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Discrete suspended particles of barite and the barium cycle in the open ocean
Dehairs, F.A.; Chesselet, R.; Jedwab, J. (1980). Discrete suspended particles of barite and the barium cycle in the open ocean. Earth Planet. Sci. Lett. 49(2): 528-550.
In: Earth and Planetary Science Letters. Elsevier: Amsterdam. ISSN 0012-821X, more
Peer reviewed article  

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    Barite; Barium; Marine

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  • Dehairs, F.A., more
  • Chesselet, R.
  • Jedwab, J.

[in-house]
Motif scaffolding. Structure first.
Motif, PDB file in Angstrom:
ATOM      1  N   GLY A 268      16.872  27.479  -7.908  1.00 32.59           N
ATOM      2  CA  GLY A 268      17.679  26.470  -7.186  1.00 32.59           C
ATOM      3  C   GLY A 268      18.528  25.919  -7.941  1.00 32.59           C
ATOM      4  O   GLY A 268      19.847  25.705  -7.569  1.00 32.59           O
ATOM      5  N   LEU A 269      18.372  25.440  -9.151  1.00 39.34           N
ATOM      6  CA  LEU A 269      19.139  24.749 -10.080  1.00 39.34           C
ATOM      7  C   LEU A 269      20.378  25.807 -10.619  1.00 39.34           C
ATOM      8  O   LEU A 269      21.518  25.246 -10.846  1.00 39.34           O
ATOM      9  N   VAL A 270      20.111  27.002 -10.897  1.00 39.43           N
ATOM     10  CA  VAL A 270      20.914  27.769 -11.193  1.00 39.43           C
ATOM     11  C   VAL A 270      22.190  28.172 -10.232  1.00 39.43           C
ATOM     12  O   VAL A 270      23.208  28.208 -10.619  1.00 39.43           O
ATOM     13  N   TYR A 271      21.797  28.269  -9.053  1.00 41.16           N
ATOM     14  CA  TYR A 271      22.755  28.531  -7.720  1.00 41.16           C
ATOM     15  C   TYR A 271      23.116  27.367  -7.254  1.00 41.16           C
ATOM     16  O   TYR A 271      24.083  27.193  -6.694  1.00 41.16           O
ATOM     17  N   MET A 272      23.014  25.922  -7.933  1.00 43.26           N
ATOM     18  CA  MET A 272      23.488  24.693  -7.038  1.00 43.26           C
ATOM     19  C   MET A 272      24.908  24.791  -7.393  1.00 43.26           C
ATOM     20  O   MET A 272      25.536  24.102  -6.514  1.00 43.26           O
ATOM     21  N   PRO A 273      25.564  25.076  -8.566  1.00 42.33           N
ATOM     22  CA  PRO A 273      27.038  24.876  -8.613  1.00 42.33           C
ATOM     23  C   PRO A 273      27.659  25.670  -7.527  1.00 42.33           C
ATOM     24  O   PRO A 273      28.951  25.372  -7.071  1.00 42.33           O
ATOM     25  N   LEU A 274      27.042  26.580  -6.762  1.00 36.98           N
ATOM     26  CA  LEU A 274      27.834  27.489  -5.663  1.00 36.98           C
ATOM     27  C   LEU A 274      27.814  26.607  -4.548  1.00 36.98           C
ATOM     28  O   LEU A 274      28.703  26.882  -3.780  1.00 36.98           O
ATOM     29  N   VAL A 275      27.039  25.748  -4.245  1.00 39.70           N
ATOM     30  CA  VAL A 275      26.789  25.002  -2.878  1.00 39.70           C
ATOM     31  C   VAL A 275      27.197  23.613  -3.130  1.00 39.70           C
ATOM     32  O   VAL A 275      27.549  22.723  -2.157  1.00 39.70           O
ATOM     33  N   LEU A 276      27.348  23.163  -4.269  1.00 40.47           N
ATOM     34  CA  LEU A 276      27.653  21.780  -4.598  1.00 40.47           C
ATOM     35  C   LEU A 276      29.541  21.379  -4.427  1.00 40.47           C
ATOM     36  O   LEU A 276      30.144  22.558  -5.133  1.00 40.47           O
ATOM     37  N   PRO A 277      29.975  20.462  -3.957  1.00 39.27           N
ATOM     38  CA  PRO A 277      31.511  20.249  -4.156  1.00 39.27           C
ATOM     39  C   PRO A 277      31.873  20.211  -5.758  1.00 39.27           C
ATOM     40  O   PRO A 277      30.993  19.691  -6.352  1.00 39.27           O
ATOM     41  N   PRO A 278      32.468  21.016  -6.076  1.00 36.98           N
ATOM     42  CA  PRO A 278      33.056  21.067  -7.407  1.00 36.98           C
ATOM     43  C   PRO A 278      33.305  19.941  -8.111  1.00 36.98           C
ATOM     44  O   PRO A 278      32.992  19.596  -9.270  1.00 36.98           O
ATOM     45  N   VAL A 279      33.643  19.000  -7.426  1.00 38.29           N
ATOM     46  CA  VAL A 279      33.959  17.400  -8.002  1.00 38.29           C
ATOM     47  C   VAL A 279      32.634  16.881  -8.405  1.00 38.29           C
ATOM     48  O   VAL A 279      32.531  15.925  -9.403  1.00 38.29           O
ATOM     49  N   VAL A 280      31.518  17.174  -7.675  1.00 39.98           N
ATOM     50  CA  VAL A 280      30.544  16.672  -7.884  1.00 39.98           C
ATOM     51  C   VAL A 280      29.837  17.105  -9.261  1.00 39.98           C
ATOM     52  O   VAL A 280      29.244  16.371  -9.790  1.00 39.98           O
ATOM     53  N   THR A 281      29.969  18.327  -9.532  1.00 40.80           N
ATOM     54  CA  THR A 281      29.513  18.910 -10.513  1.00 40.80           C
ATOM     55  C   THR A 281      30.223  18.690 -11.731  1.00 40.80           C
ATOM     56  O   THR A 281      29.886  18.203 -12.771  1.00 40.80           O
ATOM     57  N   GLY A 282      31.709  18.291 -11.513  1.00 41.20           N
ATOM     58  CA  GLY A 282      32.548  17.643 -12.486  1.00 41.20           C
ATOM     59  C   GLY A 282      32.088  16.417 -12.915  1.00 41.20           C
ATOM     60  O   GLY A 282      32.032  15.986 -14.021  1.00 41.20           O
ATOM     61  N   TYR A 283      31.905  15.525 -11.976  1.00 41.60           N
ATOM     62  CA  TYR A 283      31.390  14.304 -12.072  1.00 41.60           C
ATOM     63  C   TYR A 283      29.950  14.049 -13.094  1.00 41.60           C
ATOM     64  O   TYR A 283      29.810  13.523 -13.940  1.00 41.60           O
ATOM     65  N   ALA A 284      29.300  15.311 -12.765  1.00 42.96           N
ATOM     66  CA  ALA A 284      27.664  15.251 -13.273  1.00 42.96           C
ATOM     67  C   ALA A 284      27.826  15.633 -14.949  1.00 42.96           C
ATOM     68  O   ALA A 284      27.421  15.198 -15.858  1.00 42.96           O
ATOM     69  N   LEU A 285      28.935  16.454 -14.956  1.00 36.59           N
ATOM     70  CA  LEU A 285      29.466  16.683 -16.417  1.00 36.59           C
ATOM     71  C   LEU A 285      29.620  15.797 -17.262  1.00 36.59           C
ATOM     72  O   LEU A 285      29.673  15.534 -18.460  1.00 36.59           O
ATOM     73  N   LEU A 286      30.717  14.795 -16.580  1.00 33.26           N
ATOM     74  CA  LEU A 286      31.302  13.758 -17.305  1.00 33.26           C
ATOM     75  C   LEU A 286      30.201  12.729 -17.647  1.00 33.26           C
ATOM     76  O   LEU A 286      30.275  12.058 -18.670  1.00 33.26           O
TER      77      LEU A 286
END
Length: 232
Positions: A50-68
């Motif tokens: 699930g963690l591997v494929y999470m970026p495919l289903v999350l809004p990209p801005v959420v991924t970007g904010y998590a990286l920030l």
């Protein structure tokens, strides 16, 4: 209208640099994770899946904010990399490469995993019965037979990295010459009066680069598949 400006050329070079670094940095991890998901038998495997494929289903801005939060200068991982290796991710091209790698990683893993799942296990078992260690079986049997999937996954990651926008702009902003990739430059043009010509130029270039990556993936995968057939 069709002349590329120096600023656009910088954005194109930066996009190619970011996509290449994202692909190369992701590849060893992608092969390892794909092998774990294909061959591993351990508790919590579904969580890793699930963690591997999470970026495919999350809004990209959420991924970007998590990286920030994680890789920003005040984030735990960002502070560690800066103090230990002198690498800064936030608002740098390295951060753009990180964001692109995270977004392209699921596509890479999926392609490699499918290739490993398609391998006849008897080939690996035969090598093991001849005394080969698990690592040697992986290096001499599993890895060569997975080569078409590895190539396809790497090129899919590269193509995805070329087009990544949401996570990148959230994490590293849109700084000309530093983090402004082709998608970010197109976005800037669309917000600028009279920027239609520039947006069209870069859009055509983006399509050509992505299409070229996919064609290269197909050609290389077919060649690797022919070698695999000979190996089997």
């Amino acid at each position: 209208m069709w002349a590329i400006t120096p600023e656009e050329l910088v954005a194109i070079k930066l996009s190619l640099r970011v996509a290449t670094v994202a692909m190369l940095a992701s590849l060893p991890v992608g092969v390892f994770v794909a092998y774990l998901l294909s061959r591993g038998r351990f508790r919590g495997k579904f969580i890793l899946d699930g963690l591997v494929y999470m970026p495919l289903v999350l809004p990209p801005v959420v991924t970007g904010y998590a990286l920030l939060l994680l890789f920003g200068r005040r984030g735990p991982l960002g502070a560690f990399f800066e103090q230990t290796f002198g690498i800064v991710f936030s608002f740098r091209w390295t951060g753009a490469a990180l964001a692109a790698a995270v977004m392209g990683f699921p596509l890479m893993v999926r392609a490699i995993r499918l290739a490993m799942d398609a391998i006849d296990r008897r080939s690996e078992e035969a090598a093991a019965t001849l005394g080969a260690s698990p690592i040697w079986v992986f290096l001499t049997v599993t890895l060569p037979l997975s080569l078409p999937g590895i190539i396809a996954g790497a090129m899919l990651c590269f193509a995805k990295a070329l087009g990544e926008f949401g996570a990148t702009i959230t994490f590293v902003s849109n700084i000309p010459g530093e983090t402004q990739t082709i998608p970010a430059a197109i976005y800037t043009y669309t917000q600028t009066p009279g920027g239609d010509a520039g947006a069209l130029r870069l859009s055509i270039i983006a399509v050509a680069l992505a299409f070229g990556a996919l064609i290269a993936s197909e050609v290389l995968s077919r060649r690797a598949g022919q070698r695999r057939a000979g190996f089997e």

Barite particles are a universal component of suspended matter in the Atlantic and Pacific Oceans. This is demonstrated by scanning electron microscope and electron microprobe analyses of samples collected during the GEOSECS program. These discrete particles, about 1 µm in diameter, account for by far the greatest part of the total particulate barium of most of the filters collected at different depths. Total particulate barium (mean value: 20 ng/kg seawater) was measured on the same filters by instrumental neutron activation analysis.Several observations indicate that biochemical, rather than purely chemical, processes are involved in the formation of the BaSO4 mineral in the water column. Sr/Ba molar ratios among the individual barite grains, particularly from surface waters are extremely variable, which would not be anticipated for purely chemical interactions. Barite crystals occurring within fecal debris have been observed throughout the water column. Within such debris decomposition of the abundant organic matter may provide the micro-environment predicted as necessary for the precipitation of BaSO4. Finally, a strong correlation between nutrient content and particulate barium is found in the upper 1000 m of the water column, which also suggests a control of barite formation by biota.Some of the barite dissolves at depth in the water column. Dissolution rates were calculable for two GEOSECS stations, from which a dissolved barium flux of 0.4 µg/cm2 yr was deduced. This figure is of the same order as the dissolved barium flux calculable from the barium content and known dissolution rates of calcareous and siliceous tests: approximately 0.5 µg/cm2 yr. These fluxes represent the largest source of dissolved barium in the water column, the other being river input (0.6 µg/cm2 yr). This supports the contention that the barium in the water column is mostly recycled. The residual flux of barite-Ba reaching the sea floor is of about equal importance as the flux of barium associated with fast-settling fecal material. These two sources together are almost sufficient to account for the total sedimentation rate of barium.

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